“Google Cloud has seen tremendous growth as enterprises are accelerating cloud adoption to implement business-critical IT projects. As more enterprises increasingly turn to the cloud, the need for skill development is larger than ever before. Pluralsight is a valued strategic partner for Google Cloud as we work to help customers deploy transformational technologies in the cloud,” said Jason Martin, VP, professional services at Google Cloud.

Pluralsight and Google Cloud will continue to release the entire Google Cloud course library on the Pluralsight platform throughout the year for IT managers to ensure their teams have adequate skills. Additionally, Google Cloud courses on the Pluralsight Skills platform are integrated with Qwiklabs to give users practice with hands-on labs in a Google Cloud Platform sandbox environment. Qwiklabs provides real working cloud environments designed to help developers (and other IT professionals) learn cloud platforms and software.

Pluralsight Skills also enables skill development for cloud adjacent technologies such as networking, big data and security, the company insists that this gives tech leaders the ability to implement a holistic skill development program.

Microsoft Azure expansion

The company has also now come forward with an expansion of its skill development initiative for Microsoft Azure that includes the introduction of five new Role IQs, 22 new Skill IQs and 98 courses that map to the new Role IQs, which are designed to help customers index their teams’ skills on Azure and help close resulting gaps.

These new Role IQs, which are specifically tailored to key Azure roles and Microsoft’s official role-based certifications, include: Microsoft Azure AI Engineer, Microsoft Azure Data Engineer, Microsoft Azure Data Scientist, Microsoft Azure DevOps Engineer & Microsoft Azure Security Engineer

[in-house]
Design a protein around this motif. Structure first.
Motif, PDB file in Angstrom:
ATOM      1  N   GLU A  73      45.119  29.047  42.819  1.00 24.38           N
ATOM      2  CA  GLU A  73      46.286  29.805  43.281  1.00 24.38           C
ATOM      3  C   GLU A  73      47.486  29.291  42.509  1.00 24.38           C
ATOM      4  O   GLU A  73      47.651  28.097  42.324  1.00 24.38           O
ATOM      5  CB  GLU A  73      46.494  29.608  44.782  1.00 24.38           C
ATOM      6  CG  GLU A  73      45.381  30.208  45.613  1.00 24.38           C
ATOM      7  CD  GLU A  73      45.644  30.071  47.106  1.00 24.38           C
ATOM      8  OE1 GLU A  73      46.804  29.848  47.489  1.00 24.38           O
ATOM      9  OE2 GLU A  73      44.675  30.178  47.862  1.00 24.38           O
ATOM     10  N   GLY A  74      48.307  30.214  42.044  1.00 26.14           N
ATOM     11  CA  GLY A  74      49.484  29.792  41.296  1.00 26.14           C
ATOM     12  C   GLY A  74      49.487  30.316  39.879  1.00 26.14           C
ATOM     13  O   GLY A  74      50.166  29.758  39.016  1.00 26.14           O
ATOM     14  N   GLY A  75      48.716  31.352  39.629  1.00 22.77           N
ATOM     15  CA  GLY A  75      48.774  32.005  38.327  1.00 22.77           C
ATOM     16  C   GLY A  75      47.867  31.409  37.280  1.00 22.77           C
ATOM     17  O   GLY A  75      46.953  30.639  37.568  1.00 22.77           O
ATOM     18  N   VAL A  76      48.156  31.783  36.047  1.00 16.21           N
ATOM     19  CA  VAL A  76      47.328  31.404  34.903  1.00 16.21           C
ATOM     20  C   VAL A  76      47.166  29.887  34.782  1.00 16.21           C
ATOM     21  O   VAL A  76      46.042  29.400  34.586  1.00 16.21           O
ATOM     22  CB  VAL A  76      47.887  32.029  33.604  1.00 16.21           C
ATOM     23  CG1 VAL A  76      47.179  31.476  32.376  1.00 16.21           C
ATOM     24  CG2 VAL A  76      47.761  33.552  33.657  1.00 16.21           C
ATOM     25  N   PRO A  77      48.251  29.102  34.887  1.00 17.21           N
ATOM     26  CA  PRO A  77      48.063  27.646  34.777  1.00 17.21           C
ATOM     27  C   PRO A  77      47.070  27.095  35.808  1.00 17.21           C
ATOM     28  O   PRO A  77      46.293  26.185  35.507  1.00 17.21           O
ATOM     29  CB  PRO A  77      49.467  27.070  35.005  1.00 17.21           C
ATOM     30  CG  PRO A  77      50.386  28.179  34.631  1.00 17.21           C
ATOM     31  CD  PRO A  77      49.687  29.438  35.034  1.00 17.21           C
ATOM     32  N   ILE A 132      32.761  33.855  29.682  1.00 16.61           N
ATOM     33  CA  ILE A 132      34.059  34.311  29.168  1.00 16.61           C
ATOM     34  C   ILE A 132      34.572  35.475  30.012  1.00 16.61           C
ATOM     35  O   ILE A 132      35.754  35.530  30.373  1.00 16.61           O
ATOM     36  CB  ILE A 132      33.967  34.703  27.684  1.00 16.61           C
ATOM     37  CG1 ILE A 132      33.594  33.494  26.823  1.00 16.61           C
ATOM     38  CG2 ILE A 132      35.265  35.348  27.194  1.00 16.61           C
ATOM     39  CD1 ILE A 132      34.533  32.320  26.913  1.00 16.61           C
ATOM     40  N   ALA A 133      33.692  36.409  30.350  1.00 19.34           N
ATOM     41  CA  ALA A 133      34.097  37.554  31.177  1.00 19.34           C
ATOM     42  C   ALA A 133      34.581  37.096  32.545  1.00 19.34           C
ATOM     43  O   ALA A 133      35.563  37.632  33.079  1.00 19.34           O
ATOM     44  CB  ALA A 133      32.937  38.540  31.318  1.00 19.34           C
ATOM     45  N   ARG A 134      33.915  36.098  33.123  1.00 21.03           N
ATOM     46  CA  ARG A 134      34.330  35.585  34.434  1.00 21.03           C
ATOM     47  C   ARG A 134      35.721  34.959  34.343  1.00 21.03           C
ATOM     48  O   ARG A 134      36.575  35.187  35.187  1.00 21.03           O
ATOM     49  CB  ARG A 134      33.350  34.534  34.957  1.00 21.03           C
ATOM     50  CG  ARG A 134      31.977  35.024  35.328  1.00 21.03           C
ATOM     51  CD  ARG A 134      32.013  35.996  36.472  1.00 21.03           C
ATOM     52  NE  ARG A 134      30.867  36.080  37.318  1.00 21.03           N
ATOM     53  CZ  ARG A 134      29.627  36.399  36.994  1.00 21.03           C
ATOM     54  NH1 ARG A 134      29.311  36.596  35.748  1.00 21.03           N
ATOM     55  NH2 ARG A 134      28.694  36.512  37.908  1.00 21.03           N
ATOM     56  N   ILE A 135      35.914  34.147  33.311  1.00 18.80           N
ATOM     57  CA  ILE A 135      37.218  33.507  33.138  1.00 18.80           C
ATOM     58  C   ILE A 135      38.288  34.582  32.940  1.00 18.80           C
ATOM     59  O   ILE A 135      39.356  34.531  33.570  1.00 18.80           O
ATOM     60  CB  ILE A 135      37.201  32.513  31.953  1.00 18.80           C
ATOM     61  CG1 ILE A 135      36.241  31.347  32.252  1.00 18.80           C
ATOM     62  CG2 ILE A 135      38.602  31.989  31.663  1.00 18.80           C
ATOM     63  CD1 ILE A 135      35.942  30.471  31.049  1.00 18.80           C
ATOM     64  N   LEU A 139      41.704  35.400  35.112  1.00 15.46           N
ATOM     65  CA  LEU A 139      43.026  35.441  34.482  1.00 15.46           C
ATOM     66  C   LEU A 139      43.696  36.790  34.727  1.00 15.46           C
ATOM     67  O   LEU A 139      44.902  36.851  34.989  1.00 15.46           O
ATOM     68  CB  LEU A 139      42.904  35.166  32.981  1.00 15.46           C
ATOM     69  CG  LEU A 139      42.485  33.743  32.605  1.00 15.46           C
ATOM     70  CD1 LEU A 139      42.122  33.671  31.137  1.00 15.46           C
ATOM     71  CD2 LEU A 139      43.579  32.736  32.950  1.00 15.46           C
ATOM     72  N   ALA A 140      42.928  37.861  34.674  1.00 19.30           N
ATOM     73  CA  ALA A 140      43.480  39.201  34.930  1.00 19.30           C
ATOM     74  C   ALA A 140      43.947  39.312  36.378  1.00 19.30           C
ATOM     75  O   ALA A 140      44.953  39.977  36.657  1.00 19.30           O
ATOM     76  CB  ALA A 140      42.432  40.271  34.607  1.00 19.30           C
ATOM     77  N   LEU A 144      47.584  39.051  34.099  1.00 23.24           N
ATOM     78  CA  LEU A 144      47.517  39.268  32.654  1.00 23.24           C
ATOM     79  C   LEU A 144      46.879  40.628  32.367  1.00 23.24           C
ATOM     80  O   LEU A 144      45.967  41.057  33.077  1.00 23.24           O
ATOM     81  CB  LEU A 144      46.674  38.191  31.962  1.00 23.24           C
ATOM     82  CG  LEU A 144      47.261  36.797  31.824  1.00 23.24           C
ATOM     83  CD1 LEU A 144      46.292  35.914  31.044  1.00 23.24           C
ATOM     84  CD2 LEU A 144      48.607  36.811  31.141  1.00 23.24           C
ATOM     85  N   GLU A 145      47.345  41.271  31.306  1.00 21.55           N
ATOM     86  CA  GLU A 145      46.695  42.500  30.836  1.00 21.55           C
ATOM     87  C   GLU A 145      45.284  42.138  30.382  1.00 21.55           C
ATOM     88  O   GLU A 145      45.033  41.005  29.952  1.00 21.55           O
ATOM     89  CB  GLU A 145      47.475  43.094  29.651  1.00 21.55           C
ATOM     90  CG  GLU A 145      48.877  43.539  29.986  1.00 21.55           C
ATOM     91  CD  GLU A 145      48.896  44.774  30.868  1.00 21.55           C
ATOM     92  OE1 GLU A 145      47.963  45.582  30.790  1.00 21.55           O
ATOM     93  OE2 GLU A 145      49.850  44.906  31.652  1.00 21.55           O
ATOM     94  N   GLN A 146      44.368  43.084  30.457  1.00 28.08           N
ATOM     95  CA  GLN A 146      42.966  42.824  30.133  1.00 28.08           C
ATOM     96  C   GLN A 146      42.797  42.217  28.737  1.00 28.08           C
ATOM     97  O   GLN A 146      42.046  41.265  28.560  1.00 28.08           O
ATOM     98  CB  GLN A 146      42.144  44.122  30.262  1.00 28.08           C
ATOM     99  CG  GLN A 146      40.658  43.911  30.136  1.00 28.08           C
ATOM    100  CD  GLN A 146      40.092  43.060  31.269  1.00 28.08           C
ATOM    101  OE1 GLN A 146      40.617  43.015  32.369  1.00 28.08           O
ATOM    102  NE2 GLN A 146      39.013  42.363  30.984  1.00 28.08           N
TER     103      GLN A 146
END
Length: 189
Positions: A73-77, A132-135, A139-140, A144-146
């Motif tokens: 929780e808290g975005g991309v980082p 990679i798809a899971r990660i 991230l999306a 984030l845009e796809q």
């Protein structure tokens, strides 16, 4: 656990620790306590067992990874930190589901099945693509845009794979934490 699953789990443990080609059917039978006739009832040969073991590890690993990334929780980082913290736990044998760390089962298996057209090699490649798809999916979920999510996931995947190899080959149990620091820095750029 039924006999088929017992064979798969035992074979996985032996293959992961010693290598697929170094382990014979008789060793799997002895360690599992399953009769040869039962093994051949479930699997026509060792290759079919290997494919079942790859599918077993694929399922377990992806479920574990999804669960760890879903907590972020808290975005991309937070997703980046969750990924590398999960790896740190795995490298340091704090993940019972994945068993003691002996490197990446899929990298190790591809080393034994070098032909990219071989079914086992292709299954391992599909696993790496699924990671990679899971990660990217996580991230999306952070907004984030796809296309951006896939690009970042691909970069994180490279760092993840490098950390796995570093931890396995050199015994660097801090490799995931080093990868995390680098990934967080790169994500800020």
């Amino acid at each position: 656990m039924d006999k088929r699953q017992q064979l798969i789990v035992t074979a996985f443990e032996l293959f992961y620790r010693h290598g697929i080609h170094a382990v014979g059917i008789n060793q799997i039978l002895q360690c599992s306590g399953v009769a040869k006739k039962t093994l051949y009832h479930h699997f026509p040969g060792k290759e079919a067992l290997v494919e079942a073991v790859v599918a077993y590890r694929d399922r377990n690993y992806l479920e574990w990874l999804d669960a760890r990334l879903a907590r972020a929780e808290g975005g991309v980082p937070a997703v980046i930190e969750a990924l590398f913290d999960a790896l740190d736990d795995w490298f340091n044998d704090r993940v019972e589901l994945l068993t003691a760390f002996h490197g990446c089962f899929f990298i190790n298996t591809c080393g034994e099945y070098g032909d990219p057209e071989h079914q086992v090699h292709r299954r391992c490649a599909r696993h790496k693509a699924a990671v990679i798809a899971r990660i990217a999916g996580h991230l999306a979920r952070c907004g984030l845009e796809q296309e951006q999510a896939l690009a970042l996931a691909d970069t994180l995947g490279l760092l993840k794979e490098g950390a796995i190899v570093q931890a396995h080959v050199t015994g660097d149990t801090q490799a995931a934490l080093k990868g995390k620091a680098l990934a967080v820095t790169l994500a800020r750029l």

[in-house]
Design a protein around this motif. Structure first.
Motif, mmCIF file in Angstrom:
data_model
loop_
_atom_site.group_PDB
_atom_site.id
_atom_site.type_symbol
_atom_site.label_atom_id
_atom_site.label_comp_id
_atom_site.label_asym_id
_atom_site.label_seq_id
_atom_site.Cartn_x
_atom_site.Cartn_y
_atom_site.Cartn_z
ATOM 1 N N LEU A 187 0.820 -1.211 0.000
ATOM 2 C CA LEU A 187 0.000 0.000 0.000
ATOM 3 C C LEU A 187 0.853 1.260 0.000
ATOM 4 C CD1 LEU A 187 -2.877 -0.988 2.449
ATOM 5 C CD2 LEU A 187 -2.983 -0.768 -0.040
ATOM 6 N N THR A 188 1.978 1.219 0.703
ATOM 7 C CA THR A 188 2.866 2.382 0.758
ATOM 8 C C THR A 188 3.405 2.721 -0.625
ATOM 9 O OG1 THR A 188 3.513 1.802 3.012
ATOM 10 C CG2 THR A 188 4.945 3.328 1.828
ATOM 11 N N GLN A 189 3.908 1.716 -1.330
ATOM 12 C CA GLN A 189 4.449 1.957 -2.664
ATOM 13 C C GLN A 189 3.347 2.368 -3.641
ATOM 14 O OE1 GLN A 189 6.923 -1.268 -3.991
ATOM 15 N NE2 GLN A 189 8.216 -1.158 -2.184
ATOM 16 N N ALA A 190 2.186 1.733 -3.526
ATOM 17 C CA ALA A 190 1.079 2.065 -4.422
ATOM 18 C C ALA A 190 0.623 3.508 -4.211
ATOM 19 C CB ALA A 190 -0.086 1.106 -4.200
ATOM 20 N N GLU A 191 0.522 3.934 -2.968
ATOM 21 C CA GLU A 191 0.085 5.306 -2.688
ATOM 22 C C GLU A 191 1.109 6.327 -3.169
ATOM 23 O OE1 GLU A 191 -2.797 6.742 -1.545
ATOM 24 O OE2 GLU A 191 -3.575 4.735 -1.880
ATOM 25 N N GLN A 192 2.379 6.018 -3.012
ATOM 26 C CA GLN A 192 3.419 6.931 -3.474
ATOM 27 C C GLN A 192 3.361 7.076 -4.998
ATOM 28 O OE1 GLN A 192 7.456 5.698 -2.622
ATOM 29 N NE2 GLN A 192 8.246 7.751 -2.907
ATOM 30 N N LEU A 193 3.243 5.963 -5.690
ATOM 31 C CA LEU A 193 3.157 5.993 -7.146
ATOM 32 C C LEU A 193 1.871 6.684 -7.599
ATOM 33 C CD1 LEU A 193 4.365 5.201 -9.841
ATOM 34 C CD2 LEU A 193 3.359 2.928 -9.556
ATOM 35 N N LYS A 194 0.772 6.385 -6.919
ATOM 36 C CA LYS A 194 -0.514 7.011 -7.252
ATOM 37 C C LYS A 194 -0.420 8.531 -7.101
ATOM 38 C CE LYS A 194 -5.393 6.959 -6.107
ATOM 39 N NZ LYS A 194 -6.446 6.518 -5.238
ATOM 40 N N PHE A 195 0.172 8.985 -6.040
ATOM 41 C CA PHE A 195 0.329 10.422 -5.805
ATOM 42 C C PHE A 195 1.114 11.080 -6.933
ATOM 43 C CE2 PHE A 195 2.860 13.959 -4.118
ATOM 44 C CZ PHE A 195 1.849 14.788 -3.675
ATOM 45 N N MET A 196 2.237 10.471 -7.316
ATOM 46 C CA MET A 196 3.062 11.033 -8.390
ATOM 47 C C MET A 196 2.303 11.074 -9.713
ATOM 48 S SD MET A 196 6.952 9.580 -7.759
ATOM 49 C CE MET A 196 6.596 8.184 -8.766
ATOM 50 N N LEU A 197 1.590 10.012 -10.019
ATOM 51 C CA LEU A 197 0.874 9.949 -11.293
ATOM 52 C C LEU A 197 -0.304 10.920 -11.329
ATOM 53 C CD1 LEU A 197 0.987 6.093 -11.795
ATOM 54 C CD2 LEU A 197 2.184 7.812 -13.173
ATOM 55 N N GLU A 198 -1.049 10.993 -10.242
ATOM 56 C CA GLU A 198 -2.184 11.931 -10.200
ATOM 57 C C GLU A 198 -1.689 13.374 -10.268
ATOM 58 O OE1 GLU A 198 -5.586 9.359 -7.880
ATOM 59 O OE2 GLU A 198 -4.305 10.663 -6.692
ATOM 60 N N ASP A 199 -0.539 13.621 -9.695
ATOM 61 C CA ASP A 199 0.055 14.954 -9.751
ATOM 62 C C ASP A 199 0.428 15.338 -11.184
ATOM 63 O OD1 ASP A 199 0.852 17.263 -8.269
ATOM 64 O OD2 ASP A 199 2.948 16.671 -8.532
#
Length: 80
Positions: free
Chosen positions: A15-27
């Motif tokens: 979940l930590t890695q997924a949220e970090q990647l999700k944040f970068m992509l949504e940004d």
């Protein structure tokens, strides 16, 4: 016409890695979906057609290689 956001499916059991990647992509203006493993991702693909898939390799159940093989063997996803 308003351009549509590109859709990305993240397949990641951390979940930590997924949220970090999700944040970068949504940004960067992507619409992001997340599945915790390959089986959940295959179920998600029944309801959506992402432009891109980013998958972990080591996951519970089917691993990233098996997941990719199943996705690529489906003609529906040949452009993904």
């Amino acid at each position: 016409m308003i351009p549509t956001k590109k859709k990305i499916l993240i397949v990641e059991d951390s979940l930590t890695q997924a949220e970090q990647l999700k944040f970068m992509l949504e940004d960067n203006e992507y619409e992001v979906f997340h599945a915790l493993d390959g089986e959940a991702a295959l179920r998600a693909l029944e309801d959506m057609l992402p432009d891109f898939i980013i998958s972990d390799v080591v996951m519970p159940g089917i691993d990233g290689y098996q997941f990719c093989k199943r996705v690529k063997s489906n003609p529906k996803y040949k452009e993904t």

“Azure is a customer-driven cloud platform that enables organizations to tackle their biggest technology challenges. We see Pluralsight as a core partner to help our customers drive project success,” said Jeff Sandquist, general manager, partner and developer relations at Microsoft Corp. “Pluralsight provides technology leaders the necessary means to measure skills across their teams and to skill up people on the Azure roles needed to successfully drive cloud adoption.”

Future cloud: more distributed

In summary, we know that cloud is becoming more powerful, but with that power comes greater complexity. We suggested at the start of this discussion that cloud is becoming more data-dense, more distributed, more hybrid (a combination some of it bring ‘private’ cloud on-premises inside organizations – and some of it is ‘public’ cloud supplied from cloud service provider datacentres) and more intricate in its granularity such that orchestration becomes a more prevalent responsibility. IDC analyst Frank Gens agrees.

“The cloud of the next five years will be markedly different from that of the past decade, with the focus shifting to the ‘distributed cloud’ – as the public cloud leaders’ innovative services become deployed in enterprise datacenters; in distributed locations like retail stores, branch offices, factories and hospitals; and at an expanding variety of edge locations,” said IDC’s Gens in his report titled World Wide Cloud Forecast, 2019-2023.

It’s a more powerful cloud, but it’s a more complex cloud… so, logically, we should be able to argue that skills need to be handled with a more intelligent complexity than tutorial books and lectures. Building cloud computing clouds is still complicated, but we can use part of the cloud’s core connectivity capabilities to capture and subsequently share the knowledge needed to keep the clouds forming around our heads.